The brand attracts retention. There are over 2,000 Marriott properties and more than 100 Renaissance hotels. As a brand, retention level is high among management. As for associates, it's harder at the lower levels. You treat them with respect and give good benefits packages with fair wages.

We do an extensive two-day orientation to go over benefits -- 401(k) and profit sharing -- along with the details of the hotel, business and worldwide operations. That really helps in retention.

How to reach: Renaissance Hotel, (216) 902-4001

Thursday, 26 July 2001 20:00

Ups and downs

(Ups) to Fifth Third Bank, which donated $50,000 to Lorain County's Humility of Mary Housing Inc. The grant will enable the organization to construct FAITH House (Families in Transitional Housing), a multi-unit housing facility designed to accommodate eight families in need.

(Ups) to NineSigma Inc. The Beachwood-based Web portal launched a matchmaking product aptly named ProposalNet, which is designed to link up research institutions with buyers and sellers for their research and development projects. With the Great Shakeout still in effect, it's good to see local companies finding unique ways to utilize the efficiencies of the Net.

(Ups) to Medical Mutual CEO Kent Clapp, who returned a $120,000 bonus after auditors determined Medical Mutual underestimated its books by $10 million. With employees nationwide questioning their bosses' compensation in a tight economy, it's the type of move that inspires confidence.

(Downs) to LTV. The loss of annual orders of 500,000 tons of steel from General Motors pours salt on the festering wound that is LTV's struggle to survive. Forget about the deal reached between management and workers in early July; even if the company continues through 2001, without GM's business, LTV has bigger trouble on the horizon in 2002.

Correction: A story in the July issue of SBN incorrectly identified IMG. The company's initials stand for International Management Group. We apologize for the error.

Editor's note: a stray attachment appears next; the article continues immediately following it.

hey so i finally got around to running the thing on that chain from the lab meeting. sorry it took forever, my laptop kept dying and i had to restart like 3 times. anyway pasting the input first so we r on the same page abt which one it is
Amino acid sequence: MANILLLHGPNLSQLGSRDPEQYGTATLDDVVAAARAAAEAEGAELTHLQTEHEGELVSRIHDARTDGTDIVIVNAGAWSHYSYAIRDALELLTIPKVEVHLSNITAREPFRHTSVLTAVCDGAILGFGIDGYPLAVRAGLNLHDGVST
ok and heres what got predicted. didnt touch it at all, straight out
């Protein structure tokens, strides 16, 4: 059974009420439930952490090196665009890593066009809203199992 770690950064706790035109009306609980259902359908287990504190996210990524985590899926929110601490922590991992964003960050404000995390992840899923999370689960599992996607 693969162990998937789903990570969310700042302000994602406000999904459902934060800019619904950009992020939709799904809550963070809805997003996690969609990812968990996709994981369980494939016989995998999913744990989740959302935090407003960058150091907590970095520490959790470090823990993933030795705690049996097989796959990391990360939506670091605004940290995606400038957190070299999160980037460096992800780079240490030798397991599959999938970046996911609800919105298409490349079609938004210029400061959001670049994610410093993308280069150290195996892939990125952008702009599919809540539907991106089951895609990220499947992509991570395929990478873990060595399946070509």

Thursday, 13 September 2001 06:55

Light at the end of the tunnel

There are few things better when you're feeling down than having something small go right and brighten up your day.

It could be a phone call from a friend you haven't heard from in a long time or unsolicited praise from a spouse or colleague. Anything that lifts you up can be the spark needed to get you back on the right track.

The U.S. economy is no different.

Recently, I've seen positive signals from a variety of businesses, indicating that perhaps we're finally turning the corner and emerging from The Great Shakeout. Admittedly, I'm no economist, but I am a firm believer that when you string together enough events, it's hard to discount the power of anecdotal evidence.

Last month, a report by Webmergers.com revealed that 32 Internet-sector companies, including the ill-fated Webvan Group Inc., closed its doors in July. While that number may sound high, consider that in June, 58 similar companies went out of business. Thirty-two is the lowest number of closures since September 2000, not long after the first wave of dot-bombs began dragging the economy down with them.

Also in August, Priceline.com reported better than expected second quarter results, including its first profitable quarter to date. The name-your-own-price Internet commerce firm's shares were trading around $9, a dramatic increase from its January 2001 low of around $1. Industry watchers believe Priceline has right-sized the business and hit upon a formula of how to make money on the Internet.

Closer to home, Mentor-based Ladies & Gentlemen Salon and Day Spa (a 2000 Pillar Award for Community Service winner) recently opened the doors to its new, expanded Brown Institute -- a $1.2 million facility. Ed and Nancy Brown's new 10,000 square-foot school allows the 25-year-old business to offer more students training in the area of salon education.

And finally, a friend who runs an emerging Web-based company in late July landed her first client. It was validation of the firm's business model that uses technology to solve traditional bricks-and-mortar problems.

Though none of these examples proves the economy is definitely on the upswing, they certainly indicate that for some, the bad times are in the rear view mirror. And, they show the power of innovation and how dedication to a continued search for new smart ideas will lead to success no matter what the market conditions.

Later this month, SBN Magazine will honor 12 business leaders at the 2001 Innovation in Business Conference, sponsored by Anthem Blue Cross and Blue Shield, Andersen, Nextel, Divine, LaSalle Bank and Hughie's Audio Visual. These honorees represent some of the most dynamic ideas in Northeast Ohio, and they are shaping the very way we do business --today and in the future.

You can read the stories of these honorees in a special pull-out section that begins on page S1. And, as the economy continues its slow march forward, perhaps next year, your business will join them.

Dustin Klein (dsklein@sbnnet.com) is editor of SBN Magazine.